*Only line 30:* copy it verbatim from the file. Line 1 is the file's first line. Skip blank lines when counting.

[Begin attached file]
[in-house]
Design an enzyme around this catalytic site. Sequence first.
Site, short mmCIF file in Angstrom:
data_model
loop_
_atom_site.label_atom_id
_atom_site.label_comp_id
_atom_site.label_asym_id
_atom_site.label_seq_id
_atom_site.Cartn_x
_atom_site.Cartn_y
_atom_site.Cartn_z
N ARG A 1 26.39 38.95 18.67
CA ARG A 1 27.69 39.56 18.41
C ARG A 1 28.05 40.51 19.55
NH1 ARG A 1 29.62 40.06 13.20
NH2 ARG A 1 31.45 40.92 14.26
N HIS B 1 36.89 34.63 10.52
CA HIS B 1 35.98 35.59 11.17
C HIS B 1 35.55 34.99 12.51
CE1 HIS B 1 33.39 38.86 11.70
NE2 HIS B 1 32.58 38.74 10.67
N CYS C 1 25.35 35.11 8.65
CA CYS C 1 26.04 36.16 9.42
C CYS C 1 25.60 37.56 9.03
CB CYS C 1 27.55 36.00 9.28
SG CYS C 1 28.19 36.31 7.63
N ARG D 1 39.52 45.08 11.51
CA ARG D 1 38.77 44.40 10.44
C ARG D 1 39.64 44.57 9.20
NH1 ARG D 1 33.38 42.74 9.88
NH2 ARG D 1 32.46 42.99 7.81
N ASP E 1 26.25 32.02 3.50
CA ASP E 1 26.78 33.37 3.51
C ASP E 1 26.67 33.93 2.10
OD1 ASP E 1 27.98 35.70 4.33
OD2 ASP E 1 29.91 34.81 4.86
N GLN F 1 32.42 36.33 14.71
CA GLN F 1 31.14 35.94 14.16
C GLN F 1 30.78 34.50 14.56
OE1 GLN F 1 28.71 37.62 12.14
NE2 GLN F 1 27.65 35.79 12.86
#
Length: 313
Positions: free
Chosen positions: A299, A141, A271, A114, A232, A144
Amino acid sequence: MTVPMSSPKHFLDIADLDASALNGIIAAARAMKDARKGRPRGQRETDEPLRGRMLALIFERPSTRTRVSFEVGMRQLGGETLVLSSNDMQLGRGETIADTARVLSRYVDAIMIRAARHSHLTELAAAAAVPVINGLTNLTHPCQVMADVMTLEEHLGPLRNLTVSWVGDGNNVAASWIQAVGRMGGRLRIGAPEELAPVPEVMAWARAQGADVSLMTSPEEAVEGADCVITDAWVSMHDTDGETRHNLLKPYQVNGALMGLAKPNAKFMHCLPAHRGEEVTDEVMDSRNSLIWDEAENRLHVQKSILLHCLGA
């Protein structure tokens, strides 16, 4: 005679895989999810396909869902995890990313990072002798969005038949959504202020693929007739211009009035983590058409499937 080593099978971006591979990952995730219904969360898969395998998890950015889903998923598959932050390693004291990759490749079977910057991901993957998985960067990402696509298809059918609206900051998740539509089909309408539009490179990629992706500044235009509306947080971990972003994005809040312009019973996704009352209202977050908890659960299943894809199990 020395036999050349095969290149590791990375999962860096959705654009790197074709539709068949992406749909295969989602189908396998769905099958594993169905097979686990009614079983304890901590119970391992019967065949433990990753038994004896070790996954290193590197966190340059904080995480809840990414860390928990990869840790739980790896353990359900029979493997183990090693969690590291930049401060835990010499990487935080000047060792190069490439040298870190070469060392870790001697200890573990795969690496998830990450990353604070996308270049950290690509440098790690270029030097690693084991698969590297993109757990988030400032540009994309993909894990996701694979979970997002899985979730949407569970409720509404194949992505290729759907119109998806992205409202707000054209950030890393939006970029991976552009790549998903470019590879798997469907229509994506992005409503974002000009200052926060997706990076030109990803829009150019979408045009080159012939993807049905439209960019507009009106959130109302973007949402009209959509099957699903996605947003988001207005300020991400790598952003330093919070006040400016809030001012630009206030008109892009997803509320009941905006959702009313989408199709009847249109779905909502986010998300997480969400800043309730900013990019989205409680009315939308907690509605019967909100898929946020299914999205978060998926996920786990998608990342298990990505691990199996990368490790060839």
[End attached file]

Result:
C ARG D 1 39.64 44.57 9.20